Size: ca. 2.5 Mio km²
Sudan has always faced double and contrasting hazards: drought (including severe desertification) and flooding. Both are significantly exacerbated by climate change. Drought is a particular problem in the North and West, including Darfur. In the North, precipitation varies from close to zero (near the border with Egypt) to approximately 200mm around Khartoum. Both flooding and drought produce increased pressure on land availability and agricultural yields. Although there are many factors contributing to insecurity in Sudan that have little or nothing to do with the environment or natural resources, the roles of rainfall, desertification and the level of Nile waters are all acknowledged to be major contributing causes to the most pressing security issues facing the country: conflict, displacement and food insecurity. Both small-scale and large scale conflict have directly affected over 60% of the country for the last 50 years. The conflict in Darfur has been directly affected by drought and ensuing competition over land between pastoralists and agriculturalists. The war between North and South, and tribal conflicts within the South, have both been strongly affected by conflicts over benefits from Nile waters and water rights.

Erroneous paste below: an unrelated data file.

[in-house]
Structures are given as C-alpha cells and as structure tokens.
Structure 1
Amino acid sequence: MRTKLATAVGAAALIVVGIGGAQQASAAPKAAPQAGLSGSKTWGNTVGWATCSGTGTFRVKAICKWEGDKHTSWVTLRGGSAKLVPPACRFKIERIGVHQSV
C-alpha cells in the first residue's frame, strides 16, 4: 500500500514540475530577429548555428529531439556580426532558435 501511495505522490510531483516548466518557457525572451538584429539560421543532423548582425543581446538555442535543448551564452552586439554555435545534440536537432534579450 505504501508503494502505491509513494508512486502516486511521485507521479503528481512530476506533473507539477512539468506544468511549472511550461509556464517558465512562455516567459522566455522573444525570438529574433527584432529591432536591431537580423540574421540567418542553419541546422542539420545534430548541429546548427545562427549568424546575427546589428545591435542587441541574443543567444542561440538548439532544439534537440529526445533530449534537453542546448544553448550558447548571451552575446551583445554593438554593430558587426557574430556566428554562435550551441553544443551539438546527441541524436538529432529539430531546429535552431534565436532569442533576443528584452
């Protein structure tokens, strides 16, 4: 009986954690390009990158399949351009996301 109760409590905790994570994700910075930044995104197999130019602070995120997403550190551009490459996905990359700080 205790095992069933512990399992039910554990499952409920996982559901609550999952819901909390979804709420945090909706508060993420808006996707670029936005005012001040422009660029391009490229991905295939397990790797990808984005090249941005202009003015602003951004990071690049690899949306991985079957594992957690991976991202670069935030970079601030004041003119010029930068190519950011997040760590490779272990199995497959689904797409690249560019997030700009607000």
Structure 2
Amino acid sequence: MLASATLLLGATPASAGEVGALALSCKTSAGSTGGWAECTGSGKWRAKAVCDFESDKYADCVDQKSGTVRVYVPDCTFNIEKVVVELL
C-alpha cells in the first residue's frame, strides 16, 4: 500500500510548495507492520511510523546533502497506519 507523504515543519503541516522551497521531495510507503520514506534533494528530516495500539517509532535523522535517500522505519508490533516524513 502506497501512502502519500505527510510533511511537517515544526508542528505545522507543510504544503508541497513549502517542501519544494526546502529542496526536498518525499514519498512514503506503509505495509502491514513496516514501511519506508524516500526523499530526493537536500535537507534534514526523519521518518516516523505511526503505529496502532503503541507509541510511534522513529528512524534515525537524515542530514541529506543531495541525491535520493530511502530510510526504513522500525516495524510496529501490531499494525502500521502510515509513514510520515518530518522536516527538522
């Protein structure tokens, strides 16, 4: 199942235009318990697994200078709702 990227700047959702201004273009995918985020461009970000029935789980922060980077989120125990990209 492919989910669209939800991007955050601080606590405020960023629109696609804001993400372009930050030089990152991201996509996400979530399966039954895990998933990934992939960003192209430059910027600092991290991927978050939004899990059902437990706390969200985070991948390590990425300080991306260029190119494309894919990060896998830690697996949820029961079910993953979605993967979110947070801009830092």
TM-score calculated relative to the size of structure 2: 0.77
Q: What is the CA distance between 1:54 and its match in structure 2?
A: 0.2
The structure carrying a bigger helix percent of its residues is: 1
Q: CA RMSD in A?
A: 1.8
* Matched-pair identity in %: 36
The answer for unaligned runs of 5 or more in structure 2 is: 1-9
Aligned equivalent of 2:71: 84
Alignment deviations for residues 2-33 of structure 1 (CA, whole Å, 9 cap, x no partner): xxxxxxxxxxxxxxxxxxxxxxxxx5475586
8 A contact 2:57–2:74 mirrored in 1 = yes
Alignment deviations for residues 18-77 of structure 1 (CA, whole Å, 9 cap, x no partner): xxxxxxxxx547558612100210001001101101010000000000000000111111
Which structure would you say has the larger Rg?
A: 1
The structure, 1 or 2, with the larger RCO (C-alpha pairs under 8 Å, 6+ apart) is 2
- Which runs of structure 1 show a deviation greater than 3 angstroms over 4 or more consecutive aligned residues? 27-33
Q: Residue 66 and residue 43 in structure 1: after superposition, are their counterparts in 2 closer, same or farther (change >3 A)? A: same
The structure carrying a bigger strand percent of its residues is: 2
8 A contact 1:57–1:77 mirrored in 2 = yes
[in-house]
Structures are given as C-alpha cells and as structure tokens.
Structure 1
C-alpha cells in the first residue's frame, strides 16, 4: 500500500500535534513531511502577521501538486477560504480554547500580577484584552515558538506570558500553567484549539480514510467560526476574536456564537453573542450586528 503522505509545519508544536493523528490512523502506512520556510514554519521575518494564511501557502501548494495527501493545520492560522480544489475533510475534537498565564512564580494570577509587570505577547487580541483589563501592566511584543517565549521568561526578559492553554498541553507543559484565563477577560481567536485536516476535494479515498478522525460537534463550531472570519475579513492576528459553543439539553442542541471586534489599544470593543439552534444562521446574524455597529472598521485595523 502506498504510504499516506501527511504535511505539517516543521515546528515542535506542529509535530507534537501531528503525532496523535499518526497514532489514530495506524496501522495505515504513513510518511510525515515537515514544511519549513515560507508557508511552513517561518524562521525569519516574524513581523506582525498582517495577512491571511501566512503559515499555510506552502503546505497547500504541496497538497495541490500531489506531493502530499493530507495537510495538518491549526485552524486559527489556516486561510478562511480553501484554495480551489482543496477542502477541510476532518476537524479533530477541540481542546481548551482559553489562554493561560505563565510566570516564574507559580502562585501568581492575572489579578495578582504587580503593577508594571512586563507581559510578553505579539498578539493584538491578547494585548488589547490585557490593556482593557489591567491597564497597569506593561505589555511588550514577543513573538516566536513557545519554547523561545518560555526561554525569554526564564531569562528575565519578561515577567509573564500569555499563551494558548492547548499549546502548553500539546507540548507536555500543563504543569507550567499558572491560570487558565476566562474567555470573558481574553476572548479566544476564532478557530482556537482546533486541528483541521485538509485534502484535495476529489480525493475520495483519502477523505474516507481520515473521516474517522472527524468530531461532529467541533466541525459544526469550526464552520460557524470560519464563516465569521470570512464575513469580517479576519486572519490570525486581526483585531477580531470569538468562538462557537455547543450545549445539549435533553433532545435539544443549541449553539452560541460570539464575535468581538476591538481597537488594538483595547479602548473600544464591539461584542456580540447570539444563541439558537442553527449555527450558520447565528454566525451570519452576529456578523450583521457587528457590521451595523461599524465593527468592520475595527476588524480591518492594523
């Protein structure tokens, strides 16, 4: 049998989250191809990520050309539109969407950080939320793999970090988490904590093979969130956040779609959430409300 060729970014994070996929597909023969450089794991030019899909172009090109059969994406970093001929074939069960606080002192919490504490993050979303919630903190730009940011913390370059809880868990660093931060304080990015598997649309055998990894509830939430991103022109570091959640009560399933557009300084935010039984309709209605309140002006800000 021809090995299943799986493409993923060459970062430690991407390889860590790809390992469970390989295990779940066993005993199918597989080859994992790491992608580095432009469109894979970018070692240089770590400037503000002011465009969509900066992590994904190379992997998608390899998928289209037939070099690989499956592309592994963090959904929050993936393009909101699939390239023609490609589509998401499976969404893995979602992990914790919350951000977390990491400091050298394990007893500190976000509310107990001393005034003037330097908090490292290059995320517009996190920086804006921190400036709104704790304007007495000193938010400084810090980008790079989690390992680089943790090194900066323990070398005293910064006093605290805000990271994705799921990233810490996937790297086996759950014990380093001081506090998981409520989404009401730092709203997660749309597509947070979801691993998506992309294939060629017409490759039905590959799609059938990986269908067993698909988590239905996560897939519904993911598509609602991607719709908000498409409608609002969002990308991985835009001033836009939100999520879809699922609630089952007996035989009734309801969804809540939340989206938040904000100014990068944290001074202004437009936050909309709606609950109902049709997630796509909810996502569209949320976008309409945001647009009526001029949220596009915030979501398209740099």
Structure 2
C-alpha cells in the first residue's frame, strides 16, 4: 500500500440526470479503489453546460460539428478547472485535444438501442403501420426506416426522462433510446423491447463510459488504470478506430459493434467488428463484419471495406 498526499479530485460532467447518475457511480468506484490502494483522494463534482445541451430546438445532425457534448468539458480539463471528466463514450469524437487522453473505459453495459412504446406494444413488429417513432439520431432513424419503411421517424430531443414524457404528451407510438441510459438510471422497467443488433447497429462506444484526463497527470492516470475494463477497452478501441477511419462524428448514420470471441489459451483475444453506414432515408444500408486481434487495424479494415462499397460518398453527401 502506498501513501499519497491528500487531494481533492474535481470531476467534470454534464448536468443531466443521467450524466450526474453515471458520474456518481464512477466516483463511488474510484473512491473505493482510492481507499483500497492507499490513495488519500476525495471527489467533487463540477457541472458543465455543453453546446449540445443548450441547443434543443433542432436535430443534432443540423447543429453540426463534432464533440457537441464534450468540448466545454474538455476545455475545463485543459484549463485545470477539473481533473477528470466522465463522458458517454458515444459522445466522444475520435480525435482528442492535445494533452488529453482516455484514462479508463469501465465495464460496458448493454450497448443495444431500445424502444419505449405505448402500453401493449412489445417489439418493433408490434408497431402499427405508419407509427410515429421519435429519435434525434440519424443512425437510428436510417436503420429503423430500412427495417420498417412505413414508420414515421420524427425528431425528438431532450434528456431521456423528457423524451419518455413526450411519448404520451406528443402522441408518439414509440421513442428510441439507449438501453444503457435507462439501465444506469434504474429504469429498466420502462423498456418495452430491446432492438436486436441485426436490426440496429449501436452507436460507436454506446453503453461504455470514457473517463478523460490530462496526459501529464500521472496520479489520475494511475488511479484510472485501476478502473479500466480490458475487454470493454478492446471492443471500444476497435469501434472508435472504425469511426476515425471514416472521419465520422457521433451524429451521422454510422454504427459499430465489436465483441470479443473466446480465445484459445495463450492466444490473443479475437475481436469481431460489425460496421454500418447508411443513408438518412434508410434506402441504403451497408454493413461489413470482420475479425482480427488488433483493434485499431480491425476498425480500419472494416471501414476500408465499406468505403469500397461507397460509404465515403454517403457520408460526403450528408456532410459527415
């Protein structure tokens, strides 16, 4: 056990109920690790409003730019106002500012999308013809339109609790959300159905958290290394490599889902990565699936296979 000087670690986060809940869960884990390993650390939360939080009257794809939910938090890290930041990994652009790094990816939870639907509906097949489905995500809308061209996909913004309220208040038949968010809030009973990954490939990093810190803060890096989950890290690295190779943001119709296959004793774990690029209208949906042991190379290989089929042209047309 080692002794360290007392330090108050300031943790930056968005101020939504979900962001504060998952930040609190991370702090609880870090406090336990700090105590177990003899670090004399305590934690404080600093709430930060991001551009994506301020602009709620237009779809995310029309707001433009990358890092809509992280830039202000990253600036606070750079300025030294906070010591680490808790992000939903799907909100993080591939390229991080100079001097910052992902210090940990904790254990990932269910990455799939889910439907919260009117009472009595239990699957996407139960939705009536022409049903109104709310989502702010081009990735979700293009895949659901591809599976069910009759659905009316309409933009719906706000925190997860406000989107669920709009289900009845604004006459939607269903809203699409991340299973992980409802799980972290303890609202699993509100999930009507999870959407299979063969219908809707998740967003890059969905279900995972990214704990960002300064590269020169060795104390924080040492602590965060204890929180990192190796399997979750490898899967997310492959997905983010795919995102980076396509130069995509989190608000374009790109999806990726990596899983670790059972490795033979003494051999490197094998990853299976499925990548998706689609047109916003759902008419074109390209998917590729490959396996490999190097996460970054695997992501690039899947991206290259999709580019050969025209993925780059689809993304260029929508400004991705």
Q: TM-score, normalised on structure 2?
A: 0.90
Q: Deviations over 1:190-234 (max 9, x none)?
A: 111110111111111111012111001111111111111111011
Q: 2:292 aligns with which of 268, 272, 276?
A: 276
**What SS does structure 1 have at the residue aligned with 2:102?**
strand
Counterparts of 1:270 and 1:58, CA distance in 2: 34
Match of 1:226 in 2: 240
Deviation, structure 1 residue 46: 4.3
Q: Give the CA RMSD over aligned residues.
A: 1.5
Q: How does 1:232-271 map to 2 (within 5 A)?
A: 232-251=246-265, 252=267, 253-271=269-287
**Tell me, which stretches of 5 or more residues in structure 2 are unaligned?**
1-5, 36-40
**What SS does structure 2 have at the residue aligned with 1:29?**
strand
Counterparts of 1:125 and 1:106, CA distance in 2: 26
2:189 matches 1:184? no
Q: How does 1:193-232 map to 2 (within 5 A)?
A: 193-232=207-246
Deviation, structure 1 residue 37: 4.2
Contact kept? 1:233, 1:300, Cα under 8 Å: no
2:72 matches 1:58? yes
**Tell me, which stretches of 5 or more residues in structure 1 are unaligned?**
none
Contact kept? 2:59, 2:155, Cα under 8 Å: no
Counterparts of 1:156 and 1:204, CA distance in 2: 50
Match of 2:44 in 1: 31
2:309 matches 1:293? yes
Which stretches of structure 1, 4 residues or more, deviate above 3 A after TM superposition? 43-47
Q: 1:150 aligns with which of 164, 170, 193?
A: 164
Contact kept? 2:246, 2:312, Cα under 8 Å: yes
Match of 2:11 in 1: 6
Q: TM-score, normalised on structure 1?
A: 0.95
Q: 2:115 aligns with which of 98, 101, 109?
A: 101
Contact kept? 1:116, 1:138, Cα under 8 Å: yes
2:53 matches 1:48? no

By investigating implications of changing availability of natural resources due to climate change for human security and violent conflict in the context of partition politics in Sudan, this case study will shed light to conditions that lead actors to engage in conflict and the role of states in providing security, two crucial and underexplored factors in the literature which CLICO will explore.